PROCLAMATION OF NEUTRALITY (1793):
BY THE PRESIDENT OF THE UNITED STATES
Whereas it appears that
a state of war exists between Austria, Prussia, Sardinia, Great
Britain, and the United Netherlands, of the one part, and France
on the other; and the duty and interest of the United States require,
that they should with sincerity and good faith adopt and pursue
a conduct friendly and impartial toward the belligerant Powers;
I have therefore thought fit by these presents
to declare the disposition of the United States to observe the conduct
aforesaid towards those Powers respectfully; and to exhort and warn
the citizens of the United States carefully to avoid all acts and
proceedings whatsoever, which may in any manner tend
to contravene such disposition.
I do hereby also make known, that whatsoever of the citizens of
the United States shall render himself liable to punishment or forfeiture
under the law of nations, by committing, aiding, or abetting hostilities
against any of the said Powers, or by carrying to any of them those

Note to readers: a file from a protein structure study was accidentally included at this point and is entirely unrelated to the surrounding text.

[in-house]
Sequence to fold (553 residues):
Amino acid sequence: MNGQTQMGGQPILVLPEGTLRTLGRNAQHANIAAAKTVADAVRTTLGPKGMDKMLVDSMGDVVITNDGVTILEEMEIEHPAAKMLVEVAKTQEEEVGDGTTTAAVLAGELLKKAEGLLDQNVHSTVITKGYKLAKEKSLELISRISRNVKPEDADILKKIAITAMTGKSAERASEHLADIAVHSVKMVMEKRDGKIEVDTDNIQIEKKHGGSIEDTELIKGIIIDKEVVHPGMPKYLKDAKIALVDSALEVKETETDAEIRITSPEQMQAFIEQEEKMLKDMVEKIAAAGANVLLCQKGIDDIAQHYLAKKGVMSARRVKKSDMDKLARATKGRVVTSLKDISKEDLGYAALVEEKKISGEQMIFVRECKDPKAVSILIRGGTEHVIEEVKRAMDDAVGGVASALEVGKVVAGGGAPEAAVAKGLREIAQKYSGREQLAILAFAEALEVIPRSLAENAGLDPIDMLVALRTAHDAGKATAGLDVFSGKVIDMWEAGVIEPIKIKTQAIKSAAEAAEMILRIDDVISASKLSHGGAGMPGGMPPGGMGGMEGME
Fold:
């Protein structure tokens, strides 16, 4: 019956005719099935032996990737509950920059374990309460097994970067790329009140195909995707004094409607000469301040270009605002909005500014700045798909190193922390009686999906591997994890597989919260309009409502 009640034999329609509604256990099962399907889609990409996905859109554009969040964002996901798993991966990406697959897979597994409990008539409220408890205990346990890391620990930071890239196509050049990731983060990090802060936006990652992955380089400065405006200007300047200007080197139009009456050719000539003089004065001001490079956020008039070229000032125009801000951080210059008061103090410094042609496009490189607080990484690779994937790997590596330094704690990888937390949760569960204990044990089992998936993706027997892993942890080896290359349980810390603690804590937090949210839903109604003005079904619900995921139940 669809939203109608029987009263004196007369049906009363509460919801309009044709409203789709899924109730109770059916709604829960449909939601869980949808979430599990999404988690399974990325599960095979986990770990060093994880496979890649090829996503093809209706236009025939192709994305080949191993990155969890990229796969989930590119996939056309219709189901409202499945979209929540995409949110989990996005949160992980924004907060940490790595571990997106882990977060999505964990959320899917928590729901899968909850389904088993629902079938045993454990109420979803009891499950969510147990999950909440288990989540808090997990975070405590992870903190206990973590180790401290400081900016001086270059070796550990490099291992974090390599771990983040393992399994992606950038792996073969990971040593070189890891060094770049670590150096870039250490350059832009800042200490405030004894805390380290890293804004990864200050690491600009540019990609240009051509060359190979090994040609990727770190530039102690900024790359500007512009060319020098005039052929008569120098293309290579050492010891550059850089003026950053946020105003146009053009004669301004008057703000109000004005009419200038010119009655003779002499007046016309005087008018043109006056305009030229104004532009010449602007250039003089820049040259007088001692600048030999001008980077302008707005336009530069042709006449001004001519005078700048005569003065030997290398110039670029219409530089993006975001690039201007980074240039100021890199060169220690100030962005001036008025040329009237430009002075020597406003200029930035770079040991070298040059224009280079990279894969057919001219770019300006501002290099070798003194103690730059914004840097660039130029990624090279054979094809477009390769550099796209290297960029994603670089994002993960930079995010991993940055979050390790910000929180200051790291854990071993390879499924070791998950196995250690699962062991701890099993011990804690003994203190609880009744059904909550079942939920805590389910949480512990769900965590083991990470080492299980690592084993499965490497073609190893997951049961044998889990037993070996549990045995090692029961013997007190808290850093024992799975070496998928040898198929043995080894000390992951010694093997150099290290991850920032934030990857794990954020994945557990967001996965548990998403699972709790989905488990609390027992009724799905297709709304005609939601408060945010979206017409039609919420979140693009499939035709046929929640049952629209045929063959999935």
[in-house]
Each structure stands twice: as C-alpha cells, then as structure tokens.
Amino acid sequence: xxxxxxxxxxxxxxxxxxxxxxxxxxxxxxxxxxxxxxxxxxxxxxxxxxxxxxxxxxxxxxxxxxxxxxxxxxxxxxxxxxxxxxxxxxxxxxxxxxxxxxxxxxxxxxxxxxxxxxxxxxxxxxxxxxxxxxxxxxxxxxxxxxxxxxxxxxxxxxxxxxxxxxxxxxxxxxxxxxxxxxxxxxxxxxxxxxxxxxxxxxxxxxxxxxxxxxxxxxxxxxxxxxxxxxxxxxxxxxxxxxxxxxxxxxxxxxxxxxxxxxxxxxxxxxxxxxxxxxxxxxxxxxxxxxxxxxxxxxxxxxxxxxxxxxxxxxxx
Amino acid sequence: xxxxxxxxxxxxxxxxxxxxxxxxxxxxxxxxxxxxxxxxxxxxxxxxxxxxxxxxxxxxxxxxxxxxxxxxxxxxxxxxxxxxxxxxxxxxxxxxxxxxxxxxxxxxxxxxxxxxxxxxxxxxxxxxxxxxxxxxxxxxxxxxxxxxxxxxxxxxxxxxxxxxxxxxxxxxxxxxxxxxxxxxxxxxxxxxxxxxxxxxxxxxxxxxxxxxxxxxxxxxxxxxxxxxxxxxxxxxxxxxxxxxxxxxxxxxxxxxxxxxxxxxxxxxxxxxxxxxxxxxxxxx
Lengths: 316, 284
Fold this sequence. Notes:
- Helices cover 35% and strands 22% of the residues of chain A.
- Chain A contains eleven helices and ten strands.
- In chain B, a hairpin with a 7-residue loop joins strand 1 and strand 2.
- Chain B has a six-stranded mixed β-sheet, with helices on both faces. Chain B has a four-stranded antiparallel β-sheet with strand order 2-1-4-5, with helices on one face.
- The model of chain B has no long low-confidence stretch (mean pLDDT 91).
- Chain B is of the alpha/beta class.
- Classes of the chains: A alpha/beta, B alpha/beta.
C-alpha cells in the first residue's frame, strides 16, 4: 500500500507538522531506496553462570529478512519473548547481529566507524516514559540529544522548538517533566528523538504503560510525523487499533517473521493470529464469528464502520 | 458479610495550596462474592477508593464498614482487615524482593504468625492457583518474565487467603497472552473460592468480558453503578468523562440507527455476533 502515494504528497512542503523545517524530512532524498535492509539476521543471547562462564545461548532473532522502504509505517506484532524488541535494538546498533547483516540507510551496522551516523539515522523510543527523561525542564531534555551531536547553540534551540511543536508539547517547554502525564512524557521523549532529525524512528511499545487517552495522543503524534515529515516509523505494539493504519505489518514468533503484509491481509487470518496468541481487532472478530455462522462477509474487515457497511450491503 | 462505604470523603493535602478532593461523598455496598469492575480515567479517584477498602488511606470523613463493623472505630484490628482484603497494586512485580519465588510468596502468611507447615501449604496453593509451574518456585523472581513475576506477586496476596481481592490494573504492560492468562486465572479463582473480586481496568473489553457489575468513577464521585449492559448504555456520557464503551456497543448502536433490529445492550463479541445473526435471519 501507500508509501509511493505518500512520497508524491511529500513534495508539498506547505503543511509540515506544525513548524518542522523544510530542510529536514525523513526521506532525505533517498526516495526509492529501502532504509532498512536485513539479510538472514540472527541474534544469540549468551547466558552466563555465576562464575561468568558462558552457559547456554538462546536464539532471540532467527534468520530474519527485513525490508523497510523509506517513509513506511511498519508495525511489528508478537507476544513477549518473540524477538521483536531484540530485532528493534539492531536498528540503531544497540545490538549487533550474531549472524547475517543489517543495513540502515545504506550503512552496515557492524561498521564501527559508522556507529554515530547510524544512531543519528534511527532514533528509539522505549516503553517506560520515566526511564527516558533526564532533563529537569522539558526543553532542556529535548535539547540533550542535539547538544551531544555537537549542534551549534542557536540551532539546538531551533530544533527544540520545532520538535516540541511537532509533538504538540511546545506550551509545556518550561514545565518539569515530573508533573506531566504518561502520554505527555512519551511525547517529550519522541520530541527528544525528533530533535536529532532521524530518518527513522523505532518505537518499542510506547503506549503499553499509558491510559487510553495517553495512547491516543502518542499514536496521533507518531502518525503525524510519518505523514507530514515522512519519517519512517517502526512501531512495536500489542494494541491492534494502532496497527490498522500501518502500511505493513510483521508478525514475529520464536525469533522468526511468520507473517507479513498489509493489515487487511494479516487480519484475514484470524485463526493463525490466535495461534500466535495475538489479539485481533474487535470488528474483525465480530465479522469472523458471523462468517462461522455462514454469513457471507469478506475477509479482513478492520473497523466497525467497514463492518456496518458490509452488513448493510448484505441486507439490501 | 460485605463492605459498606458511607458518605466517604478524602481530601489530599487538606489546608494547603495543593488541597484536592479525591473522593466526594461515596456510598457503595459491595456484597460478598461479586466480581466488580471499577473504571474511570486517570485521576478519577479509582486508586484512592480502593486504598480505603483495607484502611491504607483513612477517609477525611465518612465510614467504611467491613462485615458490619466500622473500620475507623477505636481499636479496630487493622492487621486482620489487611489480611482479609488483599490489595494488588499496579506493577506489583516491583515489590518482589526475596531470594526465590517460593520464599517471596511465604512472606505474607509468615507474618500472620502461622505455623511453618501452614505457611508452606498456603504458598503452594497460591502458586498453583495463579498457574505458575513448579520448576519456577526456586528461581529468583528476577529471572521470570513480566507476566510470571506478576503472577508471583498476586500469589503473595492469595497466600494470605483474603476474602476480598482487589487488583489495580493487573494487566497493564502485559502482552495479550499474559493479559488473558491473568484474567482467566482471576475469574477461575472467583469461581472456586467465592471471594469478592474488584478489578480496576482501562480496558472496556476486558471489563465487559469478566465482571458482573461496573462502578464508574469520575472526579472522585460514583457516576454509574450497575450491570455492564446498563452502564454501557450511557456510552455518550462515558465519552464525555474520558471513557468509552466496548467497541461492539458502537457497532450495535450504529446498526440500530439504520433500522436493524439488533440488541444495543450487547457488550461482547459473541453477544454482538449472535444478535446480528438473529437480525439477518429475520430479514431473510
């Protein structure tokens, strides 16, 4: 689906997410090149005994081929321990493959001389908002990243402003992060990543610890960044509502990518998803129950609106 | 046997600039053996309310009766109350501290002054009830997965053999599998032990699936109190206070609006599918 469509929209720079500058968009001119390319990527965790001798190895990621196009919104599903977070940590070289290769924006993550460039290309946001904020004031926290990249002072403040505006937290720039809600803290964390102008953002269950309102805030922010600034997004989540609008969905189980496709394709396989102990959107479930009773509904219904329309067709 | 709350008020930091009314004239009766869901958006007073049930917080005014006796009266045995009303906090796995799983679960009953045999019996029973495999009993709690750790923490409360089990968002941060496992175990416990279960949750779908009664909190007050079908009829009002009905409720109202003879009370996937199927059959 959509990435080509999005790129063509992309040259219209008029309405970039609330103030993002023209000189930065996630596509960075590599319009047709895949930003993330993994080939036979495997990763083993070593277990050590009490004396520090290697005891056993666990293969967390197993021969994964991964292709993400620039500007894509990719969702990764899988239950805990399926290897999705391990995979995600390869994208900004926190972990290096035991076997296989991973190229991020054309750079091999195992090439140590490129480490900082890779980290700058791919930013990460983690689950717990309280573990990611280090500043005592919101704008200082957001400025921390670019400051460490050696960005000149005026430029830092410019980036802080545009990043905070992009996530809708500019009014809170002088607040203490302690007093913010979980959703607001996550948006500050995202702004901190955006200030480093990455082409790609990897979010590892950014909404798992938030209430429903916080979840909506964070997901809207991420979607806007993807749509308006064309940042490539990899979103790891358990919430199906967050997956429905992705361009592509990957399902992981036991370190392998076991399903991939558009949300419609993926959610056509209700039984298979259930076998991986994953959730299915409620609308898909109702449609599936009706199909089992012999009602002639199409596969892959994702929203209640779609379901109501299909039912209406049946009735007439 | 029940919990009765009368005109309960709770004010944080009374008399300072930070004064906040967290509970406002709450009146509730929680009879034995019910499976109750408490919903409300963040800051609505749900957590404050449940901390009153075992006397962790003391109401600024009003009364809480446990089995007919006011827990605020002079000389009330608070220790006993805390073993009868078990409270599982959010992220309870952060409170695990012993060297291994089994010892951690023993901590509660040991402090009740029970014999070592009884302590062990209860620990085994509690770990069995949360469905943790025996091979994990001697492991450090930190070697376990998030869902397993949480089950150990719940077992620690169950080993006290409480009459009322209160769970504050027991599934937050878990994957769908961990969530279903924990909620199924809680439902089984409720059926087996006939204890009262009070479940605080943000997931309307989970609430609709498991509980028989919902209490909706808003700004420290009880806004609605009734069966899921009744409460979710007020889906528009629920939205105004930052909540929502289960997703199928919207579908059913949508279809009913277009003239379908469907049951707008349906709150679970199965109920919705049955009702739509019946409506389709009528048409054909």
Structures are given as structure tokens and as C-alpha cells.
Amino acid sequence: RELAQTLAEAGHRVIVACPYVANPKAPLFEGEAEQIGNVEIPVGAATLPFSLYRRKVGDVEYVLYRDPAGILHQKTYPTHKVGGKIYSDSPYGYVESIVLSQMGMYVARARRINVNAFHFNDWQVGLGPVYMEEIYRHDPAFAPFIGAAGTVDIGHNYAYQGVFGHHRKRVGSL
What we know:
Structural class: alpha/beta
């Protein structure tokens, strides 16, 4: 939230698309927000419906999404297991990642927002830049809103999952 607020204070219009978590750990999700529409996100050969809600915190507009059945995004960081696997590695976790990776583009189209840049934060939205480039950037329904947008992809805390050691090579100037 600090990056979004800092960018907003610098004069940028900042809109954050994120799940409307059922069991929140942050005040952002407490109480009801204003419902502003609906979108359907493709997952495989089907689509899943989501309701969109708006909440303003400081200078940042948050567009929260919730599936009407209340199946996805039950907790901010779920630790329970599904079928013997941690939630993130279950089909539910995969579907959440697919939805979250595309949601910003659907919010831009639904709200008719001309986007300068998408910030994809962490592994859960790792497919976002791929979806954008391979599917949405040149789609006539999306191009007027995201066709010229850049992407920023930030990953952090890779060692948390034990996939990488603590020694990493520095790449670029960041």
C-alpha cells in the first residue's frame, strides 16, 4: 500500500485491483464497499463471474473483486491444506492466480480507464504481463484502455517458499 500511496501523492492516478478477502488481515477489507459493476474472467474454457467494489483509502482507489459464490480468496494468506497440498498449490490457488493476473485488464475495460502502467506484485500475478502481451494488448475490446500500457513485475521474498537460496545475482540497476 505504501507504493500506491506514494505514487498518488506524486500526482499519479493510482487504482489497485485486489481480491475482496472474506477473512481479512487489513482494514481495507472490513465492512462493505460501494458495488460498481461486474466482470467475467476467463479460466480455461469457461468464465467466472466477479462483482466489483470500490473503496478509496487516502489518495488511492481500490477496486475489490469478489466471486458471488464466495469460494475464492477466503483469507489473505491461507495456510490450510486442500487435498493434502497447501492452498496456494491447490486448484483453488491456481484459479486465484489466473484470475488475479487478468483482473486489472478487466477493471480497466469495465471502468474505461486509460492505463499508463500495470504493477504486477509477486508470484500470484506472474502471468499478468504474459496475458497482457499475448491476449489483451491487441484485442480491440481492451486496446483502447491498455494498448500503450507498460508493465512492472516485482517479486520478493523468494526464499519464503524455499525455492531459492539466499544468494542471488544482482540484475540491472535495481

articles which are deemed contraband by the modern usage of nations,
will not receive the protection of the United States, against such
punishment or forfeiture; and further, that I have given instructions
to those officers, to whom it belongs, to cause prosecutions to
be instituted against all persons, who shall, within the cognizance
of the courts of the United States, violate the law of nations,
with respect to the Powers at war, or any of them.
In testimony whereof, I have caused the seal
of the United States of America to be affixed to these presents,
and signed the same with my hand.
Done at the city of Philadelphia, the twenty-second day of
April, one thousand seven hundred and ninety-three, and of the Independence
of the United States of America the seventeenth.
April 22, 1793
France declared war
against Great Britain and Holland early in April, 1793.
President Washington called a special cabinet meeting, which
resulted in this declaration of neutrality.